Jordan closes Muslim Brotherhood headquarters in Amman

Security services searched and evacuated the building before sealing off the entrance with red wax.

Wax covers the keyhole at the main entrance of the Muslim Brotherhood''s office in Amman
Wax covers the keyhole at the main entrance of the Muslim Brotherhood's office in Amman [Muhammad Hamed/Reuters]

Jordanian security services have closed the Amman headquarters of the Muslim Brotherhood, the country’s main opposition force, a security source and lawyer for the movement said.

“Jordanian security searched the headquarters of the Muslim Brotherhood and evacuated it before sealing off the entrance with red wax,” lawyer Abdelkader al-Khatib told AFP news agency on Wednesday.

“This is clearly a political decision in line with what is happening in the region,” he said.

A security source told AFP the movement’s headquarters was “closed on the order of the governor of the [Jordanian] capital as the Brotherhood did not obtain legal authorisation” for its activities.

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The Jordanian authorities view the Brotherhood as an illegal organisation because its licence was not renewed in accordance with a political parties law adopted in 2014.

The Jordanian branch of the Muslim Brotherhood, which was formed in Egypt in 1928 and has affiliates across the region, has wide grassroots support in the kingdom.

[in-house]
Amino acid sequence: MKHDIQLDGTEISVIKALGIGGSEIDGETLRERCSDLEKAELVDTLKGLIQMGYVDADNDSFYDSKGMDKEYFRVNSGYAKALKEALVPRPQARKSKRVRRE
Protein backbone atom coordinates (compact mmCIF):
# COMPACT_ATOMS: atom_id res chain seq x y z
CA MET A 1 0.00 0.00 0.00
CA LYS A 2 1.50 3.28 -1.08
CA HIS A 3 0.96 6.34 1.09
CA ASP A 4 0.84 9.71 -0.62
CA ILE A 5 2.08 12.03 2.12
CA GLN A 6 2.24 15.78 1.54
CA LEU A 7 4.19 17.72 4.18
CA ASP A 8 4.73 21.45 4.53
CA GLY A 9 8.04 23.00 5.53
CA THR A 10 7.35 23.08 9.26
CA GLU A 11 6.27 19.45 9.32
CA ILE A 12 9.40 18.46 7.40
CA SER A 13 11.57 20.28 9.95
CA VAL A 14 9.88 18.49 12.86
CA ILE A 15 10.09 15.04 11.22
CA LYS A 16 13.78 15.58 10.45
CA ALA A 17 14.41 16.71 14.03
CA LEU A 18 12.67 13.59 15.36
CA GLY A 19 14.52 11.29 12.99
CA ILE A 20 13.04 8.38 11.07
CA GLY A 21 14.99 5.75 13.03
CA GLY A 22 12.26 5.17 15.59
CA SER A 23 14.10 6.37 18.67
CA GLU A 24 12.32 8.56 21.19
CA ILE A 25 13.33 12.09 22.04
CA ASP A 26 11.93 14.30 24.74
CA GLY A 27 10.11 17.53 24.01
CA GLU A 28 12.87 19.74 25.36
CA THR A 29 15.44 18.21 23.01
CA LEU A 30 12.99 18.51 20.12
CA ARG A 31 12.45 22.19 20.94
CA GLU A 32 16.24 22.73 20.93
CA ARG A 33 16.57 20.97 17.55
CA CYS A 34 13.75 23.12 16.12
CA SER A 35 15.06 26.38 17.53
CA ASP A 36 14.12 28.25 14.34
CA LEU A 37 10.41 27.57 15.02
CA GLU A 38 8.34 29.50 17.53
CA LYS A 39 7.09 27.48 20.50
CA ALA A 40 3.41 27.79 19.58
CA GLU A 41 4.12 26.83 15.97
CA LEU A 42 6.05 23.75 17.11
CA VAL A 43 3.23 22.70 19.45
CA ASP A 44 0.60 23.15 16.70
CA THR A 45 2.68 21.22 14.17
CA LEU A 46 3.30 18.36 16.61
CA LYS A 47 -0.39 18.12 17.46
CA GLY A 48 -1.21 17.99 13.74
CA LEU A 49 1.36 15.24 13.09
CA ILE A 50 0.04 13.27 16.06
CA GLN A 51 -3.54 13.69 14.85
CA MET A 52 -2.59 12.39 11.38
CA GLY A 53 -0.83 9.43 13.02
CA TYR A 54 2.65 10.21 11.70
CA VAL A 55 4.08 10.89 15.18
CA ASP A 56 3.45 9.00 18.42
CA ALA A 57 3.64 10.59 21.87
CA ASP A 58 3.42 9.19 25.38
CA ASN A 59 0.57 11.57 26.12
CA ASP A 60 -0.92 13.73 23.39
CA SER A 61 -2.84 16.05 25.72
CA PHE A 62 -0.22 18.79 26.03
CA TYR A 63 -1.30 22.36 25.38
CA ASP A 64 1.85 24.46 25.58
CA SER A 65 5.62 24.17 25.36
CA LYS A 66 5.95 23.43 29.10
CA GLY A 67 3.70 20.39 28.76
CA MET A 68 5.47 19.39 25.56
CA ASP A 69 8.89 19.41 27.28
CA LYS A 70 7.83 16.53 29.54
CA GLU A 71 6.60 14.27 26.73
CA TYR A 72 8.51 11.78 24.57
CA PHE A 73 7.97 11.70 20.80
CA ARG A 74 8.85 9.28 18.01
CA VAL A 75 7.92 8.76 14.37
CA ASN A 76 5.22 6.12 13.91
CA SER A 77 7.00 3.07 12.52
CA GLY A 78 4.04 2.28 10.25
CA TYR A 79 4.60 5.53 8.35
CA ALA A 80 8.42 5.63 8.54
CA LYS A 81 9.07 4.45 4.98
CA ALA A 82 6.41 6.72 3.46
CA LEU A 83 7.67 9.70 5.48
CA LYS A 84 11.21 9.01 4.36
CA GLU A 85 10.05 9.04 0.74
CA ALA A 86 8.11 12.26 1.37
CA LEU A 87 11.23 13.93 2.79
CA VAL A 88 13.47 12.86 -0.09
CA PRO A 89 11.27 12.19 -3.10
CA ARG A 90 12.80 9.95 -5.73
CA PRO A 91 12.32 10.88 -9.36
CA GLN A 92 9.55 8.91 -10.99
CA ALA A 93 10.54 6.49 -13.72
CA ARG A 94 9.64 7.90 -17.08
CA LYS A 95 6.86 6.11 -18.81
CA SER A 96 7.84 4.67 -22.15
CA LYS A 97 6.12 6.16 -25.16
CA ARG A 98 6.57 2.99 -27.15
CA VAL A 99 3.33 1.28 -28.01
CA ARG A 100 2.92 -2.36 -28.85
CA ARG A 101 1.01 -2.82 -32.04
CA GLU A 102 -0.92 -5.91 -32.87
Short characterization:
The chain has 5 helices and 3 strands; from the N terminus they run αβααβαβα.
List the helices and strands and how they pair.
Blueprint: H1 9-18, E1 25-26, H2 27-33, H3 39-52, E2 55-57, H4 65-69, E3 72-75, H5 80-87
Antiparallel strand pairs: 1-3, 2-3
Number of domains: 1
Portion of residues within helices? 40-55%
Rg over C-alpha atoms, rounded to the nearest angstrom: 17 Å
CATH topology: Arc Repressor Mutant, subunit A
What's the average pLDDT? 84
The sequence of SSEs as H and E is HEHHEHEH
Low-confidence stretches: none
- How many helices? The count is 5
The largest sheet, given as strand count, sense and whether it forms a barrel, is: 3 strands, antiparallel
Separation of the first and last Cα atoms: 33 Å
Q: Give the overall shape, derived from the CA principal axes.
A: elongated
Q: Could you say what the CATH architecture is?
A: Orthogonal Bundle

Tolerated for decades in Jordan, the Brotherhood has had tense relations with the authorities since the Arab Spring uprisings that shook the region in 2011.


In Egypt it has been blacklisted as a “terrorist group”.

‘Politically motivated’

Speaking to Al Jazeera from Amman, Badi al-Rafaia, spokesperson for the Jordanian Muslim Brotherhood, called the government’s decision “illegal”, “an act of martial law”, and “politically motivated”.

Amman’s governor, who is an official of the Jordanian interior ministry, “has no legal jurisdiction to close down the offices of his group”, he said.

If they had “legal issues that questioned the existence of our organisation, they should have moved the matter through the courts and legal channels”.

Hossam al-Abdallat, a Jordanian opposition leader and former chief of staff to current Prime Minister Abdullah Ensour, told Al Jazeera from Amman the government’s decision was “unjustified” and “illegal”.

“The government intends to repeat the Egyptian regime’s crackdown on the Egyptian Brotherhood organisation, and if the government insists on doing that it will end up having catastrophic political, economic, and social consequences on the country,” Abdallat said.

He added the Jordanian government sees the Muslim Brotherhood as a threat because it is the only real opposition group in the country. Throughout its 70-year history in Jordan, the Brotherhood has always been an ally of the regime and is peaceful, said Abdallat.

The intervention of the security services “has the sole purpose of influencing the upcoming elections and results”, Khatib said.

Jordan is expected to hold legislative elections by early next year. The Brotherhood boycotted previous elections in 2013 and 2010.

The movement accuses the authorities of trying to exploit divisions within the organisation.

Last year the government authorised the formation of a breakaway group known as the Muslim Brotherhood Association.

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Source: Al Jazeera, News Agencies